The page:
Wild Fish Conservancy, Upper Wynoochee River, WA, bull trout population assessment
Grant Summary: The Wild Fish Conservancy will organize extensive night snorkel surveys of the Upper Wynoochee drainage to assess the presence or absence of bull trout in the river, and collect fin clips for genetic analysis. Click here to read the final report.
Friends of the Teton River, Canyon Creek Fish Movement Study and Fish Ladder Construction
Grant Summary: Goal 1: During the summer of 2013, Friends of the Teton River, with help from Idaho Fish and Game, the US Forest Service, and volunteers, spent several days in Canyon Creek and the Teton River below the Canyon Creek confluence, PIT tagging native and non-native trout to study how fluvial trout utilize this drainage. Goal 2: The informational kiosk signs were designed in September-October of 2013 and installed with the help of volunteers in late October adjacent to the Green Canyon Hot Springs Campground. Goal 3: Friends of Teton River completed design plans for the step pools in 2013 and was granted an extension to complete this portion of the project in 2014. Prior to construction of the ladder, cutthroat had to jump over a 3-foot dam in order to migrate upstream to spawn and to move upstream to cold water refugia in the summer. This project provided passage for cutthroat over the dam by installing 5 step pools below the dam reducing the amount the cutthroat have to jump to approximately 8 inches. Click here to view the final report.
Upper Bear River Chapter Trout Unlimited (UBRTU), Upper Bear River Bonneville telemetry study
Grant Summary: Ten Bonneville cutthroat trout (BCT) were caught and fitted with telemetry tags in March and July 2013, and subsequently tracked. The Adopt-a-Trout classroom collected data and tracked Bonneville cutthroat trout movements. Data from telemetry tagging efforts have been used to successfully obtain funding to remove a diversion dam that is blocking access to traditional spawning grounds of Bonneville cutthroat trout in upper Bear River drainage. This diversion will be removed by January 2014, and result in the reconnection of 58 miles of river. Movements of the tagged Bonneville cutthroat trout will be monitored to ascertain the success of reconnection projects in Bear River. Click here to read the final report.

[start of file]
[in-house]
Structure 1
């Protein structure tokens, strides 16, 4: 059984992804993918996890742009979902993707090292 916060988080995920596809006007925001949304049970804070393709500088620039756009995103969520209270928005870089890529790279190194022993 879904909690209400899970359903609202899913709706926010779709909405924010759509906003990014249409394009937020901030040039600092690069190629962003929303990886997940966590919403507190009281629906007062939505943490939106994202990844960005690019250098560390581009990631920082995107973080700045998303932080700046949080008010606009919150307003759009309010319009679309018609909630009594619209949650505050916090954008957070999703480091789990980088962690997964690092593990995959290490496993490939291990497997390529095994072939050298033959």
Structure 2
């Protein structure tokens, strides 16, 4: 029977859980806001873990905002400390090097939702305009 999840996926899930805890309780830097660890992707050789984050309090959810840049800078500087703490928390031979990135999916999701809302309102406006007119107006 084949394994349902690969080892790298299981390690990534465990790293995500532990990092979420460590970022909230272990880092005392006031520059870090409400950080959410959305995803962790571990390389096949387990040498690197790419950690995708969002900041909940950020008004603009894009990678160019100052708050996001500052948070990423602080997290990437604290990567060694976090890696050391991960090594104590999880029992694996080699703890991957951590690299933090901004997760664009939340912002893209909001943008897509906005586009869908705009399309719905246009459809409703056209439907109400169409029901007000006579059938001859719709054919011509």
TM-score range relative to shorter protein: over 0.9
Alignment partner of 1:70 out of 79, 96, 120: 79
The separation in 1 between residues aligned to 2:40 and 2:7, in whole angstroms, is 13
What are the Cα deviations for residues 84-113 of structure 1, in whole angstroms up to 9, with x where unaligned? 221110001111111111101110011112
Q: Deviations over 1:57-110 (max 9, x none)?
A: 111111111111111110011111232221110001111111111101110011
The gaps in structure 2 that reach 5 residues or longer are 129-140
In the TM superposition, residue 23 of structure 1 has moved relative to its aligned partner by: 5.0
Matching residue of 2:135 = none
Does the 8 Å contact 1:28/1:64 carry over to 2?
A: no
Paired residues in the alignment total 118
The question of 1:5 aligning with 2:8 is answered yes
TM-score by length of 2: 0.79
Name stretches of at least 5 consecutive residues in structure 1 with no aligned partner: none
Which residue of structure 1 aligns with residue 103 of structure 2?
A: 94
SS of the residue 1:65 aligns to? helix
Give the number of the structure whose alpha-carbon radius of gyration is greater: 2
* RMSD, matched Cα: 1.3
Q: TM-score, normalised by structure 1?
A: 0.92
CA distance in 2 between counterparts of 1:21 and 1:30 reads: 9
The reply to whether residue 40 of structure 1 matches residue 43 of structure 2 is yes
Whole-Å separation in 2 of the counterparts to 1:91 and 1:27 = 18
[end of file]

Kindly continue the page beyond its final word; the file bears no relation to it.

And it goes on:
Wyoming Trout Unlimited, Telemetry study for Meeteetse, WY, Greybull watershed Adopt-a-Trout
Grant Summary: This study documents Yellowstone cutthroat trout (YCT) movement in the Greybull River drainage before and after the replacement of the Upper Sunshine Diversion and installation of a fish ladder. In addition, the study identified other potential barriers to YCT movement and diversions that may entrain large numbers of YCT. This project directly dovetails with previous Trout Unlimited and Wyoming Game and Fish Department (WGFD) efforts in the drainage. Telemetry tags were purchased and fish were tagged. Each trout tagged was adopted by the students and the movement monitored throughout the school year. Each month, WY TU and agency personnel updated students with fish locations, and provide a lesson to further student understanding of the resources and fish life cycles. Click here to read the final report.
Partnership for the Umpqua Rivers, Education and Outreach
Grant Summary: An all-weather display was created to support and educational station on invasive species and human behavior to prevent the spread of invasive species. Additional educational materials were created for a “What is Salmon” activity that explores the fish they call the Umpqua home. Lastly, educational materials were created to illustrate the value of barrier-free streams to salmon and trout. All materials have been made available for ongoing school use. Click here to view the final report.
Burns Paiute Tribe High Lake Brook trout removal and public outreach
Grant Summary: This project was amended to be completed in the summer of 2014. On August 16, 2014, the Burns Paiute Tribe Natural Resources Dept. hosted a competitive fishing event at High Lake in the Strawberry Mountain Wilderness. Oregon Dept. of Fish and Wildlife fish biologists gave interactive presentations to participants highlighting the detrimental effects non-native brook trout pose to native trout in the watershed and also provided detailed information about activities underway to curtail the impacts of brook trout and to promote bull trout populations in the Upper Malheur River and its tributaries. Educational/informational materials were distributed and a local newspaper wrote a full-length article on current brook trout removal efforts the week prior to the event.